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Did Someone Say an Impossible Dream? Not Anymore

Date: 2008-11-12
source: NY Times
author: Stephen Holden

By STEPHEN HOLDEN Published: November 12, 2008

Brian Stokes Mitchell seized the moment on Tuesday evening. That moment, still fresh in the hearts and minds of the packed crowd at Feinstein?s at Loews Regency, where he opened a too-short five-night engagement, was the election to the presidency a week earlier of Barack Obama, a politician to whom he bears striking resemblances.

Brian Stokes Mitchell: sings, and dares you to be happy, in his latest cabaret show. Both are tall, lean, handsome African-Americans with a naturally heroic bearing. (Mr. Mitchell, at 51, is four years older than the president-elect.) Both are gifted at oratory: Mr. Obama when he speaks, and Mr. Mitchell when he wraps his deep commanding baritone around a song like ?The Impossible Dream.? In Mr. Mitchell?s hands on Tuesday the vow of perseverance against all odds from ?Man of La Mancha? was reinvigorated with a startling conviction. It inevitably echoed the themes of Mr. Obama?s books, ?Dreams From My Father? and ?The Audacity of Hope.?

Mr. Mitchell hadn?t been planning to sing it, he said, until Mr. Obama?s victory. Suddenly a song you may never have wanted to hear again seemed a vital, even necessary acknowledgment of the historic moment when one man?s dreams came true.

A little earlier in the show he delivered a stirring a cappella ?America the Beautiful? joined to ?Wheels of a Dream,? the Flaherty-Ahrens anthem from ?Ragtime,? sung by Coalhouse Walker Jr., the African-American father-to-be Mr. Mitchell portrayed on Broadway, who anticipates a brighter American future. As for Mr. Mitchell?s personal beliefs, you might describe them, with all due respect to Hubert H. Humphrey who exploited the slogan to little effect, as ?the politics of joy.? Mr. Mitchell?s singing is infused with an innately childlike enthusiasm. Singing Ella Fitzgerald?s ?A-Tisket, A-Tasket,? he became an excitable little boy exclaiming over the imaginary green-and-yellow basket in his hands. Its tune, he pointed out, is a really the primal children?s cry of ?nyah-nyah-nyah? and also of ?Ring Around the Rosie.? ?A-Tisket, A-Tasket? shared a similar childlike playfulness with two Antonio Carlos Jobim classics, ?One Note Samba? and ?Waters of March,? performed early in the set. Along with the spirit of saudade, the Brazilian-Portuguese term for an indefinable nostalgia-tinged longing that is an essential ingredient of Jobim?s music, goes the pantheistic exuberance of a kid playing in a brook on a spring morning. ?Waters of March,? Mr. Mitchell observed, is a celebration of the arrival of the Brazilian rainy season.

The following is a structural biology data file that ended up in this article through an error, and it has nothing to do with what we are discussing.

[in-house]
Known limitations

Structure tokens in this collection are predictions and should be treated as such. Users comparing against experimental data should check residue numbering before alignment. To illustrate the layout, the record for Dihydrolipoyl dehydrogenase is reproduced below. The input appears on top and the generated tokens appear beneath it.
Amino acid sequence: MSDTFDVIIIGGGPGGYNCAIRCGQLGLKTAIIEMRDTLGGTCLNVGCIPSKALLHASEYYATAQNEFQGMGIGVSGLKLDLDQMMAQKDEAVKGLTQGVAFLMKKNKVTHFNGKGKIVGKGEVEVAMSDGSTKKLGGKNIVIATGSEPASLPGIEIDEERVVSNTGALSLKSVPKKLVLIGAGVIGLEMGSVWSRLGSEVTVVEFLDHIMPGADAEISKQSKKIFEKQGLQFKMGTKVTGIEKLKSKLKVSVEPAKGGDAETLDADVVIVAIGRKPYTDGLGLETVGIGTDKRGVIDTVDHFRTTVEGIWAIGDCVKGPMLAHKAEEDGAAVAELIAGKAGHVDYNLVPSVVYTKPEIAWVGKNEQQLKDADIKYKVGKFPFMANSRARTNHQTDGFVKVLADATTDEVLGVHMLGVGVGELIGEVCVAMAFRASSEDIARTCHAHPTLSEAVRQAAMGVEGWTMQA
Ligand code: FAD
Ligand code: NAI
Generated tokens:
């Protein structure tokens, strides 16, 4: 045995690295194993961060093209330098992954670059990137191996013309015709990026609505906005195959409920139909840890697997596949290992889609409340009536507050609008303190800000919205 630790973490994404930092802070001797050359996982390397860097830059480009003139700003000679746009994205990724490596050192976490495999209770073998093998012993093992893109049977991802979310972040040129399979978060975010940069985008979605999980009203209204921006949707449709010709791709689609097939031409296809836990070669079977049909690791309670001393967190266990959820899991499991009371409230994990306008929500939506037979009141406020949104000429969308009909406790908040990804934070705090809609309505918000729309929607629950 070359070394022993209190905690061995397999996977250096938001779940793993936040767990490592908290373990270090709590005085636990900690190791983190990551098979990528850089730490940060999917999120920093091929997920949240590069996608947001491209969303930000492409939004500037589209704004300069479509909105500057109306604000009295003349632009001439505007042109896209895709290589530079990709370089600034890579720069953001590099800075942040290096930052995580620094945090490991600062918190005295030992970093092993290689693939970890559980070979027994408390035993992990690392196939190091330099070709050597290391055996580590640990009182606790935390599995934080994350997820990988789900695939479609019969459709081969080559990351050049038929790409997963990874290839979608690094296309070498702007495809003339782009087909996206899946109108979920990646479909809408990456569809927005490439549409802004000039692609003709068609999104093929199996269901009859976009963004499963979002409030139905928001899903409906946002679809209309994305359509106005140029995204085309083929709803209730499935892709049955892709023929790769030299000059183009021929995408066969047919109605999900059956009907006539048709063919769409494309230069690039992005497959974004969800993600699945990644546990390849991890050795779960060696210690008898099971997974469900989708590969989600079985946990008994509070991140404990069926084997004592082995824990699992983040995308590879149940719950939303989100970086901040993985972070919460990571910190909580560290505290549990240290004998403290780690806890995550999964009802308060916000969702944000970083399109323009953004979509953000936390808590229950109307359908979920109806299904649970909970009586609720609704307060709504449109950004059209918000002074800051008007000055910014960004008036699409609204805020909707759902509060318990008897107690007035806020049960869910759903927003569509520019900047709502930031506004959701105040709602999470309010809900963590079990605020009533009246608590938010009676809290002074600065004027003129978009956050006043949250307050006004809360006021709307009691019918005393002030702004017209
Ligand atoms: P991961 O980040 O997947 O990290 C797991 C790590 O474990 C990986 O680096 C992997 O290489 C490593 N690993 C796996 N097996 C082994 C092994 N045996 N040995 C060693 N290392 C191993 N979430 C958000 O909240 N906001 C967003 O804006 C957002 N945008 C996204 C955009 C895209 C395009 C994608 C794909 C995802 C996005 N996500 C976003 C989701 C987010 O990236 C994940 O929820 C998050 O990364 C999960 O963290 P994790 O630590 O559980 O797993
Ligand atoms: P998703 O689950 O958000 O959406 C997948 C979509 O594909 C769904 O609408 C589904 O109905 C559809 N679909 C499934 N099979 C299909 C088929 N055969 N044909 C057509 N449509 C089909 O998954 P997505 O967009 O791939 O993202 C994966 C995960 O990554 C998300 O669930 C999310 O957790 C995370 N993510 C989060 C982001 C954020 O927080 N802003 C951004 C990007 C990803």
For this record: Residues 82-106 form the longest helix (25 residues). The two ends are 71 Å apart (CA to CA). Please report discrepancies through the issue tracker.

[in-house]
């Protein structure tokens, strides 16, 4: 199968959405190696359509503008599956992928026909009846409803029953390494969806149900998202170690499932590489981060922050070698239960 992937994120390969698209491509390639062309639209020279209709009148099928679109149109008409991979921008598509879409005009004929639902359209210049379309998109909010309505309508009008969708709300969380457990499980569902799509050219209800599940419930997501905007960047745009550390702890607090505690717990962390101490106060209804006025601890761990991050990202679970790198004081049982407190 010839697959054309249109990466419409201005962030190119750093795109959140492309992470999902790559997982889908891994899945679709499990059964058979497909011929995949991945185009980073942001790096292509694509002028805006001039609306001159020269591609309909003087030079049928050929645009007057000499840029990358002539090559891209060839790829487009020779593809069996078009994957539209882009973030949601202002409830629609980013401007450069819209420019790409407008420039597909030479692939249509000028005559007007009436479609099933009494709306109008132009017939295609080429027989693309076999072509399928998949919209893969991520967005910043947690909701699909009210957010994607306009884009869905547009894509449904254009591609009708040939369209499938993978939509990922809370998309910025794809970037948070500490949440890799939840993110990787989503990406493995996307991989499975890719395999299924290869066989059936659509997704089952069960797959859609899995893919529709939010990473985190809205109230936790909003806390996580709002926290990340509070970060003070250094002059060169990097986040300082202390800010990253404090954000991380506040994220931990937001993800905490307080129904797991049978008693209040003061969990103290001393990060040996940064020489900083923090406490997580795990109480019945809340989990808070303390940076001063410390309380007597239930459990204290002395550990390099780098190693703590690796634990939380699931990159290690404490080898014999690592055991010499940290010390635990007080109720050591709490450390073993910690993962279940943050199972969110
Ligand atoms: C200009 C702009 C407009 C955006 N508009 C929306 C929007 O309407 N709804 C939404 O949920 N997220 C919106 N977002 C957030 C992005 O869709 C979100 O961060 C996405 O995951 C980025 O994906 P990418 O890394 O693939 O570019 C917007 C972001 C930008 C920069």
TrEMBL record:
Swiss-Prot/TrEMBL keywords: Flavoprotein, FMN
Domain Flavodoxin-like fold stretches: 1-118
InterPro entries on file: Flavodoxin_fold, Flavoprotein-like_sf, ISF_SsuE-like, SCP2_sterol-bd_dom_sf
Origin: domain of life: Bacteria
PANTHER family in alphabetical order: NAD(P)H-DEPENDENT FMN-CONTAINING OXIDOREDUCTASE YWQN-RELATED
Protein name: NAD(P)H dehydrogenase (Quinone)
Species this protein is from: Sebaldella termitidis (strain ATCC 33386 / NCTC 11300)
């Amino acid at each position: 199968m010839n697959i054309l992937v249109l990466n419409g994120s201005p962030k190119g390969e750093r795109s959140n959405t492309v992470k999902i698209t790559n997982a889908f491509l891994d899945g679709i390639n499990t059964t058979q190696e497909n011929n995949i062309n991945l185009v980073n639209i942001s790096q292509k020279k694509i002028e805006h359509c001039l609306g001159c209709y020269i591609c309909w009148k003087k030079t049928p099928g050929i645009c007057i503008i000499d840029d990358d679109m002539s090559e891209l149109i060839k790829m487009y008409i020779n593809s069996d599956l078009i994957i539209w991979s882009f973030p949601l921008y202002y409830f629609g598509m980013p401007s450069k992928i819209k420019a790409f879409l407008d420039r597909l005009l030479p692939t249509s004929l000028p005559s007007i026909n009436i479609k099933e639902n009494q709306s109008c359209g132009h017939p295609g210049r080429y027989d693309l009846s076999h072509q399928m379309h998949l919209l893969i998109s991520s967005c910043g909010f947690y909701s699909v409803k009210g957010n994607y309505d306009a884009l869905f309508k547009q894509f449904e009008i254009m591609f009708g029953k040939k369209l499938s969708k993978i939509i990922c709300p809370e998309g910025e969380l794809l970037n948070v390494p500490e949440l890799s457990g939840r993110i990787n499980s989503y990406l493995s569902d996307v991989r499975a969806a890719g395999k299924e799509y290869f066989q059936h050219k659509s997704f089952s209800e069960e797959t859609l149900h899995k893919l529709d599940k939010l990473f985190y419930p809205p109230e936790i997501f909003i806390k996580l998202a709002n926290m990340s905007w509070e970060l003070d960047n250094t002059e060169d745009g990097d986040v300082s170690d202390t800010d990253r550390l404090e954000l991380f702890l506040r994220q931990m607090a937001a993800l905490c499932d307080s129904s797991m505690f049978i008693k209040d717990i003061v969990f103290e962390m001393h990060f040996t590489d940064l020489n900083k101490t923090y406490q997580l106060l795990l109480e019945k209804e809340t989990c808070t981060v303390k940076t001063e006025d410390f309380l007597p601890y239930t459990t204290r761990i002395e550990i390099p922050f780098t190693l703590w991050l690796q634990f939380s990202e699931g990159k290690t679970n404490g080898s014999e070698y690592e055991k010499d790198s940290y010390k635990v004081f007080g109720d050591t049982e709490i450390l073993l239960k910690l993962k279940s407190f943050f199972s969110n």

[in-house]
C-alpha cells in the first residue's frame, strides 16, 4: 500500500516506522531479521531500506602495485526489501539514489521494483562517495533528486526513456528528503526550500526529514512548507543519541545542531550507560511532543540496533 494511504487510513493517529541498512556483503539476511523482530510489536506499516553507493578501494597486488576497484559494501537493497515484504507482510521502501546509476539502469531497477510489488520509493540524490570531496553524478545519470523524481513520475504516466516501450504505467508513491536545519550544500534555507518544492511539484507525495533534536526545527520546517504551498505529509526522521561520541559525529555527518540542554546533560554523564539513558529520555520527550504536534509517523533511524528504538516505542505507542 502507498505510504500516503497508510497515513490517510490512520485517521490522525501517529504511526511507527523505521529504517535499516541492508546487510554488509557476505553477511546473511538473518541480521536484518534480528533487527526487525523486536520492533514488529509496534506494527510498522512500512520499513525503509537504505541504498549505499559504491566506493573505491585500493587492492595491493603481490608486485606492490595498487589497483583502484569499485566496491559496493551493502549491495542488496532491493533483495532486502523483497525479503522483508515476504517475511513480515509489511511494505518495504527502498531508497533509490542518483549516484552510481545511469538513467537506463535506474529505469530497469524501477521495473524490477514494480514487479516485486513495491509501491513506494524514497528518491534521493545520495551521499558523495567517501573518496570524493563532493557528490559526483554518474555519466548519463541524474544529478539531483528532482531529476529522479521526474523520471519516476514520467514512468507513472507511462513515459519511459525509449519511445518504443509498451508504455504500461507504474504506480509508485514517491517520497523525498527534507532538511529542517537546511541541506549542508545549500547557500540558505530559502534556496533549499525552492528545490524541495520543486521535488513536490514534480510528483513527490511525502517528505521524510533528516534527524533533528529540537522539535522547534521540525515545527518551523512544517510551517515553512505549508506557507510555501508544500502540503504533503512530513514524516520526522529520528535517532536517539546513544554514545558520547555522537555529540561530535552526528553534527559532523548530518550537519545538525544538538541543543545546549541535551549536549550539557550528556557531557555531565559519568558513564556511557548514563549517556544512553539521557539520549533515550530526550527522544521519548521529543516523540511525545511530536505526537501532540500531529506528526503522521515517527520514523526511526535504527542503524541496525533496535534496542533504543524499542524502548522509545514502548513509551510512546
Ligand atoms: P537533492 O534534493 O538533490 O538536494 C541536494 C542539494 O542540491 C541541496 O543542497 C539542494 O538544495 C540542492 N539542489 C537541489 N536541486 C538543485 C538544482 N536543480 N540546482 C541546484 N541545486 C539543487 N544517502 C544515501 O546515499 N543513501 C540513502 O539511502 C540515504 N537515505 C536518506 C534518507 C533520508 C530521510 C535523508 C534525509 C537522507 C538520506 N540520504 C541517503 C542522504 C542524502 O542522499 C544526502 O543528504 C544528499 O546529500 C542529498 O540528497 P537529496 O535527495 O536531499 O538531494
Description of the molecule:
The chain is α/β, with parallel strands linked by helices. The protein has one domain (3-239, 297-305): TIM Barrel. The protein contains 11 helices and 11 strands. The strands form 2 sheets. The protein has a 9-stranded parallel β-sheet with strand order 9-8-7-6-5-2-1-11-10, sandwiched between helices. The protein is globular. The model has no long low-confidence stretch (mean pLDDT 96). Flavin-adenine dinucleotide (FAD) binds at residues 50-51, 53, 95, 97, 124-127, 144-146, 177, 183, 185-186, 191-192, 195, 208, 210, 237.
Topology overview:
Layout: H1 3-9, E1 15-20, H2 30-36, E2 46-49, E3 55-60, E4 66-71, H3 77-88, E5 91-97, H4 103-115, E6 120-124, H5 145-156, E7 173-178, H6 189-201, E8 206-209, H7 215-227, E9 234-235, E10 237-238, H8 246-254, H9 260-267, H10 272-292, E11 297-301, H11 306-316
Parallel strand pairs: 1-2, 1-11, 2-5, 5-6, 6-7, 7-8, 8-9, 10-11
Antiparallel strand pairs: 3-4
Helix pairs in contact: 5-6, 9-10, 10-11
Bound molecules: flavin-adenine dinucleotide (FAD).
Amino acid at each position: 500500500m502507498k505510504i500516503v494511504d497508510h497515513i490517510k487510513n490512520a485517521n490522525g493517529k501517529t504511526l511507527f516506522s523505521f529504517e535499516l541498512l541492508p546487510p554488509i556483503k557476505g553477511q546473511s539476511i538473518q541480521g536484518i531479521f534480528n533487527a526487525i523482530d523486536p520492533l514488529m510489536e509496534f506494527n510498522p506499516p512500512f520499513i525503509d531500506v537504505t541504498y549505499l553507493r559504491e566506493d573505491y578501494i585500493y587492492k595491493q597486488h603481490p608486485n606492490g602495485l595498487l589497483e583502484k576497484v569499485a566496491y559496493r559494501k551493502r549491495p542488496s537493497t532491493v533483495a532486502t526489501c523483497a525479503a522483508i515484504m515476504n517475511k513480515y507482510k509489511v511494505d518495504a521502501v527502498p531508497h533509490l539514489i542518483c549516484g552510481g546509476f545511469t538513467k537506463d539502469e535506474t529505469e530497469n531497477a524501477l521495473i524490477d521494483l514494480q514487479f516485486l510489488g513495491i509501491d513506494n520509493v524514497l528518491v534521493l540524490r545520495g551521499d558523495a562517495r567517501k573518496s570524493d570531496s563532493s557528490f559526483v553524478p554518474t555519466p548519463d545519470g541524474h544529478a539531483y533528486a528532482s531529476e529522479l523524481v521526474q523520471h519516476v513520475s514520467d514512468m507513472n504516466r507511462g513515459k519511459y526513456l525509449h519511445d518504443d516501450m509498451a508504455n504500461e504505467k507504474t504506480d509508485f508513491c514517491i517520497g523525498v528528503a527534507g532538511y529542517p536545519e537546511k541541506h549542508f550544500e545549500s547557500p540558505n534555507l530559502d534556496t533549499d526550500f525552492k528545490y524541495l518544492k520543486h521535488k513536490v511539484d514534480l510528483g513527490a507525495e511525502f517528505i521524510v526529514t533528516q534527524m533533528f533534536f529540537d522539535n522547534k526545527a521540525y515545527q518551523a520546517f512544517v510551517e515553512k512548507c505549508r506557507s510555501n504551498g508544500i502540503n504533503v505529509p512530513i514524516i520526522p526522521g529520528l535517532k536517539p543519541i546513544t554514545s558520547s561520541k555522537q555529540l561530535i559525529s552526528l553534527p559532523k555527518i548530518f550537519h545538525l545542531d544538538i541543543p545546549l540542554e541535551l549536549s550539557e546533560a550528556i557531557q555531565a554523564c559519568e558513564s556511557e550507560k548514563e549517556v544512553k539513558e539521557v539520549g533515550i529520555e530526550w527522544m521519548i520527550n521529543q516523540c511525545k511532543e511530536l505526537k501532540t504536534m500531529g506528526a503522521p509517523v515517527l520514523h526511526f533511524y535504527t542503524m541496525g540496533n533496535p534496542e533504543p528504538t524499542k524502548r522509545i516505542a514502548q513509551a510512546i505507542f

Jeff Peterson, a leading Hawaiian slack-key guitarist, the percussionist Bashiri Johnson and the bassist Gary Haase accompanied Mr. Mitchell. As unfussy as they were stylistically flexible, they gave him ample room to frolic unfettered on the playground of his musical imagination. The opening number, ?I?ve Got You Under My Skin,? assumed South African rhythms and textures. A gregarious ?Nearness of You,? directed as much to the humanity in general as to a lover, became a spare acoustic ballad. A similarly uncluttered ?What Are You Doing the Rest of Your Life?? conjured a carefree romantic fantasy of blue skies and happily-ever-after. ?Jesu, Joy of Man?s Desiring? soared heavenward.

And there you have Mr. Mitchell, a singer who dares you to be happier than you ever dreamed. Because he seems a living, breathing example of a man living comfortably in that exalted state, that dare has the weight of a serious challenge. I hope he sings at the inauguration. Brian Stokes Mitchell plays through Saturday at Feinstein?s at ,